picture of the day

Street Promotion


Japanese street performer "Chindonya" Hisashi Nagata, center in kimono, beats his drum and bell as his music troupe marches through A shopping street in Tokyo's Shinjuku shopping district. Chindonya is a traditional Japanese band that marches through streets while performing musical instruments to advertise sales of local shops, the opening of restaurants and other promotions.

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Chindon-ya used to be a cottage industry in the post-war (Showa period) Japan when I was a very small kid. The drums, clarinet, bells and cymbals, and occasionally accordions made up the usual musical arsenals.

The Chindon-ya street performers and ubiquitous "ad balloons" that flew in the Tokyo skies were among the most popular means of mass communication when televisions were only found in more well-to-do households.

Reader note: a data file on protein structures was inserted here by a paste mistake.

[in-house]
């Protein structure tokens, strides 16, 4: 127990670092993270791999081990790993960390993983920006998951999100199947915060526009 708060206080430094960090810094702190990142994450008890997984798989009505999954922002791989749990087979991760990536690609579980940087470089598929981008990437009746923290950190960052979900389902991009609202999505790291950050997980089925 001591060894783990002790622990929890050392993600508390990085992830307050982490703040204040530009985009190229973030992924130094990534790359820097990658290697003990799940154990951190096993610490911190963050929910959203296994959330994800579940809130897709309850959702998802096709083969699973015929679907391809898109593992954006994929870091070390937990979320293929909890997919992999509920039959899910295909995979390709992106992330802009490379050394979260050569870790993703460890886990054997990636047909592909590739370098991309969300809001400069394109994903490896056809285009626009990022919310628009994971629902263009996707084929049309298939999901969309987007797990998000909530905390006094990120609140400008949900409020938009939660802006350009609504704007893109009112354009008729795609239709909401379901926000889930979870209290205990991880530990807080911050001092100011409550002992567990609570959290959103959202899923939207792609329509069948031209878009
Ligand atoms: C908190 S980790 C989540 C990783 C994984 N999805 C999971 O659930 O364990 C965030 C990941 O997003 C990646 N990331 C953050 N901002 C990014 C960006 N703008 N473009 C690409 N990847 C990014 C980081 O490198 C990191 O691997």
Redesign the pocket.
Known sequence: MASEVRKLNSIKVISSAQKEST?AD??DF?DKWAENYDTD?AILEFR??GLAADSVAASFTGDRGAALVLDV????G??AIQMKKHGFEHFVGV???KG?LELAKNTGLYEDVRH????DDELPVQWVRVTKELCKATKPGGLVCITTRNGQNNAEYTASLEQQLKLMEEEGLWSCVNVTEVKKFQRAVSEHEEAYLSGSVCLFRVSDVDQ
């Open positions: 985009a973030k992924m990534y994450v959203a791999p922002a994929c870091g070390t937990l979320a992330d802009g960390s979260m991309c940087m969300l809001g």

Harkens back to those simple and innocent days decades before the advent of the Internet.

3 ( +3 / -0 )

Yes, "Chindonya" really takes me back to the good old days of 昭和(Showa) when I was a little kid. It also reminds me of the old, familiar 紙芝居 (picture-card show). Very nostalgic!

3 ( +3 / -0 )

The first time I saw a line of Chindonya players filing through a market in Kyoto about 45 years ago, I was struck how bright and cheerful they were as they jangled and danced.

My J wife muttered that they were out-of-date already, and as I stood there in silent wonder, I noticed that none of the shoppers were giving them a second glance. Tears started rolling uncontrollably down my cheeks.

4 ( +4 / -0 )

Later I learned the childhood taunt, "Aho baka chindonya, omae no kaasan debeso!" 「あほバカチンドン屋、お前の母さん出べそ。」"Idiot, fool, chindonya, your momma has an outie", and realized just how much they were looked down upon.

2 ( +2 / -0 )

street performer = unemployed

-4 ( +0 / -4 )

Wonderful stuff and something that will brighten up anyone's day. Street perfomers are often the life and breath of big cities. Something to cherish.

3 ( +3 / -0 )

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